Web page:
they can do in the short term, just getting barriers for windows and doors for example. Then, we need to look longer term and even beyond adapting the built environment for future conditions. For example, how do we better plan for future disasters? I think we're learning a lot right now, unfortunately with our personal and professional experiences with COVID that pertains to other types of disaster events. In preservation, resilience is about the built environment, but it's also about the experiences of people with, in and around those community landmarks. Knowing how to plan for future emergencies for people and places in historic communities is about saving lives, livelihoods and landmarks.
How do you build trust with communities?
We start off by making sure that you have the full list of who needs to be at the table. Sometimes the clients that I work with have a starting list: the Director of Public Works, the City Manager, the emergency operations crew. And sometimes it stops there. We ask them to think beyond that short list. You need your economic development director because a disaster has a huge impact on your local economy. If it's a resilience plan and a historic city, you need to have your preservation staff involved. And we encourage them to look deeper into their community to the ones you're going to count on to better prepare their properties, their organizations and their neighborhoods. One of our key partners in Annapolis was the US Naval Academy, which shares the shoreline with the city. It’s those partners, you’re neighbors, that you pull in to deepen and broaden your list of stakeholders. Your stage agencies act as conduits for state and federal resources, technical assistance, and emergency assistance funding. We then put in place communication tools. We develop a brand, conduct a community values survey, create a storymap, encouraging the residents and businesses to share their stories or photographs about past disasters or the impacts of climate change on social media, or even developing an Esri storymap as a way to tell the story about flooding or a history of disaster and what things changed over time. We host community forums where people gather together and talk about their experiences with place, sharing with us their concerns for the potential loss of built and natural resources. We look at future scenarios and talk about what approaches to adaptation work best from the point of view of economic resilience or public infrastructure or natural heritage. We bring in experts, researchers and authors like John Englander and Jeff Goodell who give the public a baseline understanding of the science of climate change. We'll do radio interviews with elected officials, host walking tours of the flood impact areas, share 3D visualization and modeling of what downtown or the historic district will look like in 2030, 2060 or 2100. These are the kinds of tools we use to develop relationships with community members and engage them in in coming up with ideas for how best to retrofit their community for future rising tides.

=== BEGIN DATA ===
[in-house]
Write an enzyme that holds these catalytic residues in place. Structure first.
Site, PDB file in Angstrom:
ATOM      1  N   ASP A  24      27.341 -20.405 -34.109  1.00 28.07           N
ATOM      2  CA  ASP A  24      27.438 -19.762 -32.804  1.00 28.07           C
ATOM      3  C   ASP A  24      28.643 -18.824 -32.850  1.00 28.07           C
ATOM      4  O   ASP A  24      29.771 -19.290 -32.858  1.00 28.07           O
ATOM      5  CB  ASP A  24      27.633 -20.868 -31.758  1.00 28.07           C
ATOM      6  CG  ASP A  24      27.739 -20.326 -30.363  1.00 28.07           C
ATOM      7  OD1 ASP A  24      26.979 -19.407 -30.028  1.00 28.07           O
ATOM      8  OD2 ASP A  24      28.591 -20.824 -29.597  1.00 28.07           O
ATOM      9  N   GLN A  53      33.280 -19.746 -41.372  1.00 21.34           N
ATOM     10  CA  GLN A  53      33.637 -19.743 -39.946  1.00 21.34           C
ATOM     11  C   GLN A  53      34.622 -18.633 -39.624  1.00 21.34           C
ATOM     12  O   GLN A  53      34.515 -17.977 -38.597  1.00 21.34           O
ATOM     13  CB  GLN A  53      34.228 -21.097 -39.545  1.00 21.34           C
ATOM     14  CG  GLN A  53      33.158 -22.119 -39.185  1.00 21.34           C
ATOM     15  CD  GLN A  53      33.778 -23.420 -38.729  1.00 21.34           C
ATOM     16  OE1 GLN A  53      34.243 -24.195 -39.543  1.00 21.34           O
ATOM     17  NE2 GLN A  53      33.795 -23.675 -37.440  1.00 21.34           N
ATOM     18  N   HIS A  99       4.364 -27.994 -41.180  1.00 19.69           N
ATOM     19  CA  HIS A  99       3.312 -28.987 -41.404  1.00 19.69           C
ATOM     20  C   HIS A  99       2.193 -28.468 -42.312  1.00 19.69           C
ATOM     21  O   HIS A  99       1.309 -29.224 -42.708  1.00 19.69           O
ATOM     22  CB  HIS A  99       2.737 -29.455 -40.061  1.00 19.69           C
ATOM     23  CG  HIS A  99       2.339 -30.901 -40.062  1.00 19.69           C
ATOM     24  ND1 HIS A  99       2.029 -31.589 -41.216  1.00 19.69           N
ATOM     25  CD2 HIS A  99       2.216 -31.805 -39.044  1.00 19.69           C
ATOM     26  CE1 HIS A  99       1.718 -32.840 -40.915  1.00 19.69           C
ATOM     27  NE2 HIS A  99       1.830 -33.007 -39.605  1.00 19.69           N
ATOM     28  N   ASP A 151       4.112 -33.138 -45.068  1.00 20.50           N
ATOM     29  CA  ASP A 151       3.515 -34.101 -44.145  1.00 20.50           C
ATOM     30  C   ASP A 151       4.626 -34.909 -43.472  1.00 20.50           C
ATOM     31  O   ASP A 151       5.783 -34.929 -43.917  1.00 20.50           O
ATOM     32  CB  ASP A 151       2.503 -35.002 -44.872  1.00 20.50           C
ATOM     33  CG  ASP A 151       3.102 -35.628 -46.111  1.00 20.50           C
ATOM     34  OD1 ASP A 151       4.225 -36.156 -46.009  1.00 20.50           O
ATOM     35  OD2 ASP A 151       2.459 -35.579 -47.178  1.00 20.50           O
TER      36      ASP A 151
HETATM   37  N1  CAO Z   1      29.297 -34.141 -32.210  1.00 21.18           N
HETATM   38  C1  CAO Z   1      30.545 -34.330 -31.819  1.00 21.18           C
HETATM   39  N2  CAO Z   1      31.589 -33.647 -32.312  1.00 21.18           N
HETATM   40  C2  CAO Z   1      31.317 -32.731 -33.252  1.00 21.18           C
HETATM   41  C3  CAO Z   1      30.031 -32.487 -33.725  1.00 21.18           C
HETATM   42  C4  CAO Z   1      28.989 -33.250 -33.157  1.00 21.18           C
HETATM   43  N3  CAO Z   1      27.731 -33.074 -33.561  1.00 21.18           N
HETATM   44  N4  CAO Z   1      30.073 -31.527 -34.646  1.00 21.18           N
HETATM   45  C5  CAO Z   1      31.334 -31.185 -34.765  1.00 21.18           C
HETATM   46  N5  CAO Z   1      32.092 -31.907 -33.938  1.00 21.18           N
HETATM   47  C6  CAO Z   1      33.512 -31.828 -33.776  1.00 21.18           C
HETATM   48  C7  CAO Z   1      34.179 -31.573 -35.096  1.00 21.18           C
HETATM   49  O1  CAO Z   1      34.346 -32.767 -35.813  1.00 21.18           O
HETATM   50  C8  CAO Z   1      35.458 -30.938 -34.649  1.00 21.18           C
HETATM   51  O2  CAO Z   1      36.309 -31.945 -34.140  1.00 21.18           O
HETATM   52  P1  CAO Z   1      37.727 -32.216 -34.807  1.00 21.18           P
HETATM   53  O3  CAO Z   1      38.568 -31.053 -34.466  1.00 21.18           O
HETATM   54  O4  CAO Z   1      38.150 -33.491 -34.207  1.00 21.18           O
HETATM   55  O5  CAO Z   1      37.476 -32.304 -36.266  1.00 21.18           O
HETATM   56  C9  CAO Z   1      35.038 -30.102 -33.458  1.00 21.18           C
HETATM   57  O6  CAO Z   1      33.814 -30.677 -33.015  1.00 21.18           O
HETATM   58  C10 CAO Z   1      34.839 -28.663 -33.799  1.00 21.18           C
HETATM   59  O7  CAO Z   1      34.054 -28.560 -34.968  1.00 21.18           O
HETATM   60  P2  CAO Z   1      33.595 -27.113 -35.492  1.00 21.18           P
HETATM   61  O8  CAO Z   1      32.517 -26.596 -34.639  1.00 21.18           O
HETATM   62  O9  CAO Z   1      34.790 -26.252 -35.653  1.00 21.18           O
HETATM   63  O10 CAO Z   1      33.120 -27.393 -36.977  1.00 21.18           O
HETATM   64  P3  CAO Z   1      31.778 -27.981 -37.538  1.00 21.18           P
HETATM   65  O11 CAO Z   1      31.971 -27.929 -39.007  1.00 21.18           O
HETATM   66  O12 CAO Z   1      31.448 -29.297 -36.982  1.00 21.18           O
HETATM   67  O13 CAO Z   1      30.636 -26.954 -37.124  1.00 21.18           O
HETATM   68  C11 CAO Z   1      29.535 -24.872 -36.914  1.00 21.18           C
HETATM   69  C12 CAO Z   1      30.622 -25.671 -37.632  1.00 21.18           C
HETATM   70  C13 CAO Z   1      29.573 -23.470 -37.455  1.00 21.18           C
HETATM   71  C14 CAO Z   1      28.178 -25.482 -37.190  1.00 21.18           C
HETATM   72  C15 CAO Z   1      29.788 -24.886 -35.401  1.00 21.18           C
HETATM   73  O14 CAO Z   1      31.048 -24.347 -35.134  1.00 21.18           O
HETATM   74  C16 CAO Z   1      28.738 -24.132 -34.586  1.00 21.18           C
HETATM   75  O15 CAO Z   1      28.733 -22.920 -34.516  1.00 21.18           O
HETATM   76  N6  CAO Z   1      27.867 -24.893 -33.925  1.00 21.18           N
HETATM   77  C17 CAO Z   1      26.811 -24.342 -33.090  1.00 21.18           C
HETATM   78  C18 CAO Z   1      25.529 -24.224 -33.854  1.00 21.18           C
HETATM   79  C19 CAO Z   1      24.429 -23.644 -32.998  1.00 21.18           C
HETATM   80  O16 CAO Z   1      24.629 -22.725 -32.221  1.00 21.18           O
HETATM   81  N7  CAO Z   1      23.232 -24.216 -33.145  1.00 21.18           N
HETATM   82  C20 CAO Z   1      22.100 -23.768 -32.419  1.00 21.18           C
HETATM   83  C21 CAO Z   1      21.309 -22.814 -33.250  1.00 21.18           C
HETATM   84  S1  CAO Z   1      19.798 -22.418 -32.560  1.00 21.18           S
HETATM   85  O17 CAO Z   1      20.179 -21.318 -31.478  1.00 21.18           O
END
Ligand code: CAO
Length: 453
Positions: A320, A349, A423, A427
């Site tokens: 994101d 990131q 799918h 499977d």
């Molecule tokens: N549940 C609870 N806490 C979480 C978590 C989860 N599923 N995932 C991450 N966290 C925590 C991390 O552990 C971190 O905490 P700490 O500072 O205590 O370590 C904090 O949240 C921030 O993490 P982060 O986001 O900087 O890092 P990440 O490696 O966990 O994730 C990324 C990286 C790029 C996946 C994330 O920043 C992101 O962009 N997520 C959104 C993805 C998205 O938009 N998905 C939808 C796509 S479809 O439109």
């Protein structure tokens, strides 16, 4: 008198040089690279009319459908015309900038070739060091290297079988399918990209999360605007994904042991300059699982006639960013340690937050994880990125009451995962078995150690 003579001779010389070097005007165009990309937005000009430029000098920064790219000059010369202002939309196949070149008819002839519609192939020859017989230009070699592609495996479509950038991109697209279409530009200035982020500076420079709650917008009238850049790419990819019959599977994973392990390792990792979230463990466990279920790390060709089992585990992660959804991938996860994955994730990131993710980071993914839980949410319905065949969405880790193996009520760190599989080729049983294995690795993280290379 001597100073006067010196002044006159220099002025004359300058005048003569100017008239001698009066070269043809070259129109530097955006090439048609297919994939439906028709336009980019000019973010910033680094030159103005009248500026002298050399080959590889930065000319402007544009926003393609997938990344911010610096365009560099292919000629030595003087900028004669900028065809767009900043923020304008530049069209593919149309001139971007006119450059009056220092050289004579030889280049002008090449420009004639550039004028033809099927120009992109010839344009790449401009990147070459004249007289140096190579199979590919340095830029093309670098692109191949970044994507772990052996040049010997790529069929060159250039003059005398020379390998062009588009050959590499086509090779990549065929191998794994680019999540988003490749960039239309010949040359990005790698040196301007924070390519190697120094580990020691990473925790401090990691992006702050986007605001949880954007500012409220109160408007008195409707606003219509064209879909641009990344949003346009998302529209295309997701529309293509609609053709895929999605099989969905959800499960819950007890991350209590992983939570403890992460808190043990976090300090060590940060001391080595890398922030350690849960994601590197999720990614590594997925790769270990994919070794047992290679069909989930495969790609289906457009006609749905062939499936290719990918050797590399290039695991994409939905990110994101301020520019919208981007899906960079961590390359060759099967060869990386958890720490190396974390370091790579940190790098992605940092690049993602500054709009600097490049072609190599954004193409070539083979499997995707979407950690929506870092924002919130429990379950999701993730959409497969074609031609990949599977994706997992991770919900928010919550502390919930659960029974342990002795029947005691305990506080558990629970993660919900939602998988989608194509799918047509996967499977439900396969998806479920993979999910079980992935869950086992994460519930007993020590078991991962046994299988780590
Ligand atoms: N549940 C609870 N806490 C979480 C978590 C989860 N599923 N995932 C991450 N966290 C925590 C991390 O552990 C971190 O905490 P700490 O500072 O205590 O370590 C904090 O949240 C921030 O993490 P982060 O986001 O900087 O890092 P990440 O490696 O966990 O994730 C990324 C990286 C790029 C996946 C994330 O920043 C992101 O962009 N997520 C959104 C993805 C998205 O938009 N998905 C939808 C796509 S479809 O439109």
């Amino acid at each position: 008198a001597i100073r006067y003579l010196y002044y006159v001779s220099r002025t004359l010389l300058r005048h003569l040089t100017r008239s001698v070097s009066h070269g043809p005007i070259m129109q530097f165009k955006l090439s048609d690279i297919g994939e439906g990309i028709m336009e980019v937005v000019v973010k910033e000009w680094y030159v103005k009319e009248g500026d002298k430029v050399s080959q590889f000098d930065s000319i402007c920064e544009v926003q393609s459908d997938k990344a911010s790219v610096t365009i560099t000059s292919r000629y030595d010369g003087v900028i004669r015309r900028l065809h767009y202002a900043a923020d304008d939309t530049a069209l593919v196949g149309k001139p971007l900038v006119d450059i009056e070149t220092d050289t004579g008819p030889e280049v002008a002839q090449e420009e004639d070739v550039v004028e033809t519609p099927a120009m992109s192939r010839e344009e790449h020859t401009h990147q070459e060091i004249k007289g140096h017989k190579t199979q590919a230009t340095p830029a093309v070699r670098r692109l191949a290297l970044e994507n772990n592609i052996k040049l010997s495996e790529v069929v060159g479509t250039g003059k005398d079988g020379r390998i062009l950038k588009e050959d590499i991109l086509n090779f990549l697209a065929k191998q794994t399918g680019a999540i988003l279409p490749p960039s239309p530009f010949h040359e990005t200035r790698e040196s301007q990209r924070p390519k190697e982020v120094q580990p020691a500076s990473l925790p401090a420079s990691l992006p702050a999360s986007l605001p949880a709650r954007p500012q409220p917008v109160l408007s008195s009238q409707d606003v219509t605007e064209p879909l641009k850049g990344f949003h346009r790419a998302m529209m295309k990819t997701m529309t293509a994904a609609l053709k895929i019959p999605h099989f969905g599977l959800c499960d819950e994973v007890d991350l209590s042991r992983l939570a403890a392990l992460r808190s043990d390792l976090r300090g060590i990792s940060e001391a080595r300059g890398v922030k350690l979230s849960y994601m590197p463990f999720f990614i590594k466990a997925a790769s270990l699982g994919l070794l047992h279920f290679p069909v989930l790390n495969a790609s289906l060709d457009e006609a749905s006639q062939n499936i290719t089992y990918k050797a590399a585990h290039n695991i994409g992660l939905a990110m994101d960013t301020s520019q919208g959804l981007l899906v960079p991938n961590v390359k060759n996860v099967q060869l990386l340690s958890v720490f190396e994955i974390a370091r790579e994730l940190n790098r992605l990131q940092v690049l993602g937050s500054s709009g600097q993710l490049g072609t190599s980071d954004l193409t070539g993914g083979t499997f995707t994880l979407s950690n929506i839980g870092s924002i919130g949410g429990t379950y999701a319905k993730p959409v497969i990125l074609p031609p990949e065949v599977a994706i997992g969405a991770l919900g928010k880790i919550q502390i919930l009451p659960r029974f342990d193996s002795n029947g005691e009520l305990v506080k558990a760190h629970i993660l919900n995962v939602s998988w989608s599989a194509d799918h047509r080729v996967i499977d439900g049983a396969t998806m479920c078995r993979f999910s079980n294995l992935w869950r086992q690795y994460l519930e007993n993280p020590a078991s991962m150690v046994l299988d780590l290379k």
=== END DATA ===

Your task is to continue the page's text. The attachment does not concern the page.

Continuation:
For more information on historic preservation and climate resilience, check out these resources.
“Weather It Together: A Cultural Resource Hazard Mitigation Plan” and Landmark at Risk, an Esri storymap by Lisa Craig, et.al City of Annapolis “Miami: How Rising Sea Levels Endanger South Florida” by Jeff Goodell, Rolling Stone Magazine The Water Will Come by Jeff Goodell High Tide On Main Street: Rising Sea Level and the Coming Coastal Crisis by John Englander National Landmarks at Risk: How Rising Seas, Floods, and Wildfires Are Threatening the United States’ Most Cherished Historic Sites (Union of Concerned Scientists) Encroaching Tides: How Sea Level Rise and Tidal Flooding Threaten US East and Gulf Coast Communities over the Next 30 Years (Union of Concerned Scientists)
Ms. Craig serves as Principal for The Craig Group, LLC. Equipped with her 25+ years of experience, she leads a team of design and planning professionals to support community leaders, local government and nonprofit organizations in protecting the economic value, architectural integrity and cultural heritage of historic communities. Previous to starting her own firm, Ms. Craig served for seven years as Chief of Historic Preservation for the City of Annapolis. Locally she serves on the Board of the Greater Stockton Chamber of Commerce. Nationally, she serves as a CAMP trainer for the National Alliance of Preservation Commissions